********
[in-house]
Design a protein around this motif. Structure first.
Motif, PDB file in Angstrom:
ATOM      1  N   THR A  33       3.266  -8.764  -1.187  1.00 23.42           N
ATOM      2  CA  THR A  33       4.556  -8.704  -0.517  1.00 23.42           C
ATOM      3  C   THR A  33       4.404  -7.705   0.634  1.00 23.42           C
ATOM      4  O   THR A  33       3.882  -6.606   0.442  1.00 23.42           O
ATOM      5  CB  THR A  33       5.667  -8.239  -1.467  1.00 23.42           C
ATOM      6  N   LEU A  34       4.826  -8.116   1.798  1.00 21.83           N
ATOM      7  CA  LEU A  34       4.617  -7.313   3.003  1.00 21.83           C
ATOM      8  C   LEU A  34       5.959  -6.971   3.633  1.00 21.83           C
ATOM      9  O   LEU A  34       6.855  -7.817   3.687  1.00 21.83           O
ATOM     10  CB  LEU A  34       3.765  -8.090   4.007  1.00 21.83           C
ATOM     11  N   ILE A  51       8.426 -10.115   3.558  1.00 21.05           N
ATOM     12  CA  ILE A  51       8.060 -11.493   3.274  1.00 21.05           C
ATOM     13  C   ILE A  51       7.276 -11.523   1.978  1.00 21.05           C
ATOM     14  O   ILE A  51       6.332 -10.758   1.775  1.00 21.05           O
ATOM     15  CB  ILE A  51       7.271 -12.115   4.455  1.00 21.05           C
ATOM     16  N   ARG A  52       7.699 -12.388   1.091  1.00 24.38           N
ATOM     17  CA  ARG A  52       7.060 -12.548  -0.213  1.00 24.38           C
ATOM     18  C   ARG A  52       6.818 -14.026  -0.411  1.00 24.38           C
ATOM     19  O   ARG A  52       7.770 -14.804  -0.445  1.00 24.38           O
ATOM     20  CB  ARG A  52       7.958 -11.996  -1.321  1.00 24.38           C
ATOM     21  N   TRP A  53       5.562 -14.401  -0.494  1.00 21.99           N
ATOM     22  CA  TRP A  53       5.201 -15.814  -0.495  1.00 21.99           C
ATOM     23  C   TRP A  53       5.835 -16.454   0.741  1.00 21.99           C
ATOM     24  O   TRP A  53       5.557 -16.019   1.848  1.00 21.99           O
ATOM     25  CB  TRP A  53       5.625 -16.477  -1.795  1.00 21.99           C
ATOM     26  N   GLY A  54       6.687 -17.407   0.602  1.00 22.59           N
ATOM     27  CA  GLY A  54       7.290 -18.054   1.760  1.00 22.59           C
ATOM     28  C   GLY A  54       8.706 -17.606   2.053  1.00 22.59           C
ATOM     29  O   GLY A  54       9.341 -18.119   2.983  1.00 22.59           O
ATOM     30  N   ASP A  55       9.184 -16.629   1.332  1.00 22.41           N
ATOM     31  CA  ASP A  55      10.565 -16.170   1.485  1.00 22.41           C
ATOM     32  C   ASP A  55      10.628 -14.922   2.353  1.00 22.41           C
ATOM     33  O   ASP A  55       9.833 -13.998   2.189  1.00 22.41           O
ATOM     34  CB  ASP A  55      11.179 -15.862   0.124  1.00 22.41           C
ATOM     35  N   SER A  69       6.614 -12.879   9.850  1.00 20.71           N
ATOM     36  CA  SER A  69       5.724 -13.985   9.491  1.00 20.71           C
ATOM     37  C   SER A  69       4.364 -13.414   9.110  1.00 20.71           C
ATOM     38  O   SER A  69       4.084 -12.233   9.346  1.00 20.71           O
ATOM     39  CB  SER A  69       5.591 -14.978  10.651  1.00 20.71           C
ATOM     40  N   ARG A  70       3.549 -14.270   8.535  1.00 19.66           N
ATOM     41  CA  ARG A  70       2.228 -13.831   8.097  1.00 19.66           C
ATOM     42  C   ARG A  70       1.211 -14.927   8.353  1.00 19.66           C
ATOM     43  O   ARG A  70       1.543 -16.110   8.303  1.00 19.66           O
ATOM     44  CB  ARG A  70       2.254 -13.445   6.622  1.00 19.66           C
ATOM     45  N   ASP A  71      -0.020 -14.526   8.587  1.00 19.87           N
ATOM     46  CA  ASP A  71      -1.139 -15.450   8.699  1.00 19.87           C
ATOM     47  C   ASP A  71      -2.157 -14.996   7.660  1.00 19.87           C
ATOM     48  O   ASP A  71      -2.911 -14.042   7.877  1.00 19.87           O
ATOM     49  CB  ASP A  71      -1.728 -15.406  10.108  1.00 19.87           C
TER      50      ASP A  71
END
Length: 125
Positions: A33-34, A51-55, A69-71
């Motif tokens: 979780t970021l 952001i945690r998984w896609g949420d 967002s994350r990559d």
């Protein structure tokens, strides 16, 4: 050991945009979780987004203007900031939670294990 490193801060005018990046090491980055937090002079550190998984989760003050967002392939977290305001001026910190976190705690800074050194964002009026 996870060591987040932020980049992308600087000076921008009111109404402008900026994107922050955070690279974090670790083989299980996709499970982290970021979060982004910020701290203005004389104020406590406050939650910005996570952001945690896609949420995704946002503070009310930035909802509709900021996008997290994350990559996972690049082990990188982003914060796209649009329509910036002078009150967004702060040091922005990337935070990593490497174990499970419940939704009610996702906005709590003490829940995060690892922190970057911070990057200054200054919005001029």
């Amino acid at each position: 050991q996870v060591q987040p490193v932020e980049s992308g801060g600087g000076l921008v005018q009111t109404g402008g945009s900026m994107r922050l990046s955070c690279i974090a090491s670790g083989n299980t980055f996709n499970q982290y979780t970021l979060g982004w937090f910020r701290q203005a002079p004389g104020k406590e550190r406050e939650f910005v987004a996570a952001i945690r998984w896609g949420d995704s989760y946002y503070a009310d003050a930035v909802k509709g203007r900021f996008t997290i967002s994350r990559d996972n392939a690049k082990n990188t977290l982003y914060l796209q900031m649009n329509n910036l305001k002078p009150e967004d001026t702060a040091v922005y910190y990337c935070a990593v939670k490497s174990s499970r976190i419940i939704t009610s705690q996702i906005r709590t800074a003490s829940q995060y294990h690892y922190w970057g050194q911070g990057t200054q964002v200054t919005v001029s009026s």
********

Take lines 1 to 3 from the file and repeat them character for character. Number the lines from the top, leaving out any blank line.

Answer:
[in-house]
Design a protein around this motif. Structure first.
Motif, PDB file in Angstrom: